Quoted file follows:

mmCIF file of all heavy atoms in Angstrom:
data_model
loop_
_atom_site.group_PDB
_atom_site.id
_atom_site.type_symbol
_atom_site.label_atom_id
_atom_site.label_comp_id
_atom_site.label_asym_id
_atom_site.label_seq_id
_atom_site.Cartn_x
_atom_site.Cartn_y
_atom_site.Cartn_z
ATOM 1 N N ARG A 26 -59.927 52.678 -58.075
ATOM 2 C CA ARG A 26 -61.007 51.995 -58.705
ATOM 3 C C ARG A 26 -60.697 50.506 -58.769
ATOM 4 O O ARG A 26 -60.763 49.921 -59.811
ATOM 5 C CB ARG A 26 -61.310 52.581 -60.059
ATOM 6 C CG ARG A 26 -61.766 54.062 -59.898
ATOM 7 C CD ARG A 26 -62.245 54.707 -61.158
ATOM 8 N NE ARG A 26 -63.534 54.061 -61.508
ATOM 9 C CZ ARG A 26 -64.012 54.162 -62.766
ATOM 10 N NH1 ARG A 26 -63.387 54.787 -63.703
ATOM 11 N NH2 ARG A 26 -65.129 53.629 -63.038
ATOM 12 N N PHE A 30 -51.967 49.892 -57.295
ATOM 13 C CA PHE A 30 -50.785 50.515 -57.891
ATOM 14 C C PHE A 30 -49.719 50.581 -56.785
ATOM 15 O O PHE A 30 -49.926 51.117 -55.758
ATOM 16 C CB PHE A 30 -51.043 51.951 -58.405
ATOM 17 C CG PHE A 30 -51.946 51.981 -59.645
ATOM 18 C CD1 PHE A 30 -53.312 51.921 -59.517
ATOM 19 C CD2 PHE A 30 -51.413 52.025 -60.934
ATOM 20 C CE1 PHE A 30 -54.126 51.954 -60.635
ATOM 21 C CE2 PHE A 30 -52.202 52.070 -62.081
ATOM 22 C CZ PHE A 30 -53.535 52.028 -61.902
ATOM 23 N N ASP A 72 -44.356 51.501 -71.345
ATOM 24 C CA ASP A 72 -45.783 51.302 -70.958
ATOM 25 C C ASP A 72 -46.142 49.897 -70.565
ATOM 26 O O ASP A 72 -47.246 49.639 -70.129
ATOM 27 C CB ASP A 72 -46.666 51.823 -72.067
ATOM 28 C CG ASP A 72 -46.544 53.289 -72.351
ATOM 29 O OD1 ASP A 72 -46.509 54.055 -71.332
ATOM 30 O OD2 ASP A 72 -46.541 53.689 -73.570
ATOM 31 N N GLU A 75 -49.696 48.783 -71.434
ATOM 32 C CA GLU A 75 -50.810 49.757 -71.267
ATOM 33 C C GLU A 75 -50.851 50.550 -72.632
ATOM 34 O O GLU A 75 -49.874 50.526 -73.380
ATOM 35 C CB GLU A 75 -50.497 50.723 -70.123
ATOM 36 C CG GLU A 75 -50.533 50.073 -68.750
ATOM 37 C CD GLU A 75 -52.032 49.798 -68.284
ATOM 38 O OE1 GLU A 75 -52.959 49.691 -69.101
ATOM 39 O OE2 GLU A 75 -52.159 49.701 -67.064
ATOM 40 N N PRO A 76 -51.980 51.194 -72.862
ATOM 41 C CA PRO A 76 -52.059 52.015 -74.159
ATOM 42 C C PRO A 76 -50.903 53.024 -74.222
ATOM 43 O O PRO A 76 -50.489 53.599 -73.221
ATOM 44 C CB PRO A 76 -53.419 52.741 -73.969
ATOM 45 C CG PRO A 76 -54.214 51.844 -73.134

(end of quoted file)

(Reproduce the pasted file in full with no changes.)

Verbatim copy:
mmCIF file of all heavy atoms in Angstrom:
data_model
loop_
_atom_site.group_PDB
_atom_site.id
_atom_site.type_symbol
_atom_site.label_atom_id
_atom_site.label_comp_id
_atom_site.label_asym_id
_atom_site.label_seq_id
_atom_site.Cartn_x
_atom_site.Cartn_y
_atom_site.Cartn_z
ATOM 1 N N ARG A 26 -59.927 52.678 -58.075
ATOM 2 C CA ARG A 26 -61.007 51.995 -58.705
ATOM 3 C C ARG A 26 -60.697 50.506 -58.769
ATOM 4 O O ARG A 26 -60.763 49.921 -59.811
ATOM 5 C CB ARG A 26 -61.310 52.581 -60.059
ATOM 6 C CG ARG A 26 -61.766 54.062 -59.898
ATOM 7 C CD ARG A 26 -62.245 54.707 -61.158
ATOM 8 N NE ARG A 26 -63.534 54.061 -61.508
ATOM 9 C CZ ARG A 26 -64.012 54.162 -62.766
ATOM 10 N NH1 ARG A 26 -63.387 54.787 -63.703
ATOM 11 N NH2 ARG A 26 -65.129 53.629 -63.038
ATOM 12 N N PHE A 30 -51.967 49.892 -57.295
ATOM 13 C CA PHE A 30 -50.785 50.515 -57.891
ATOM 14 C C PHE A 30 -49.719 50.581 -56.785
ATOM 15 O O PHE A 30 -49.926 51.117 -55.758
ATOM 16 C CB PHE A 30 -51.043 51.951 -58.405
ATOM 17 C CG PHE A 30 -51.946 51.981 -59.645
ATOM 18 C CD1 PHE A 30 -53.312 51.921 -59.517
ATOM 19 C CD2 PHE A 30 -51.413 52.025 -60.934
ATOM 20 C CE1 PHE A 30 -54.126 51.954 -60.635
ATOM 21 C CE2 PHE A 30 -52.202 52.070 -62.081
ATOM 22 C CZ PHE A 30 -53.535 52.028 -61.902
ATOM 23 N N ASP A 72 -44.356 51.501 -71.345
ATOM 24 C CA ASP A 72 -45.783 51.302 -70.958
ATOM 25 C C ASP A 72 -46.142 49.897 -70.565
ATOM 26 O O ASP A 72 -47.246 49.639 -70.129
ATOM 27 C CB ASP A 72 -46.666 51.823 -72.067
ATOM 28 C CG ASP A 72 -46.544 53.289 -72.351
ATOM 29 O OD1 ASP A 72 -46.509 54.055 -71.332
ATOM 30 O OD2 ASP A 72 -46.541 53.689 -73.570
ATOM 31 N N GLU A 75 -49.696 48.783 -71.434
ATOM 32 C CA GLU A 75 -50.810 49.757 -71.267
ATOM 33 C C GLU A 75 -50.851 50.550 -72.632
ATOM 34 O O GLU A 75 -49.874 50.526 -73.380
ATOM 35 C CB GLU A 75 -50.497 50.723 -70.123
ATOM 36 C CG GLU A 75 -50.533 50.073 -68.750
ATOM 37 C CD GLU A 75 -52.032 49.798 -68.284
ATOM 38 O OE1 GLU A 75 -52.959 49.691 -69.101
ATOM 39 O OE2 GLU A 75 -52.159 49.701 -67.064
ATOM 40 N N PRO A 76 -51.980 51.194 -72.862
ATOM 41 C CA PRO A 76 -52.059 52.015 -74.159
ATOM 42 C C PRO A 76 -50.903 53.024 -74.222
ATOM 43 O O PRO A 76 -50.489 53.599 -73.221
ATOM 44 C CB PRO A 76 -53.419 52.741 -73.969
ATOM 45 C CG PRO A 76 -54.214 51.844 -73.134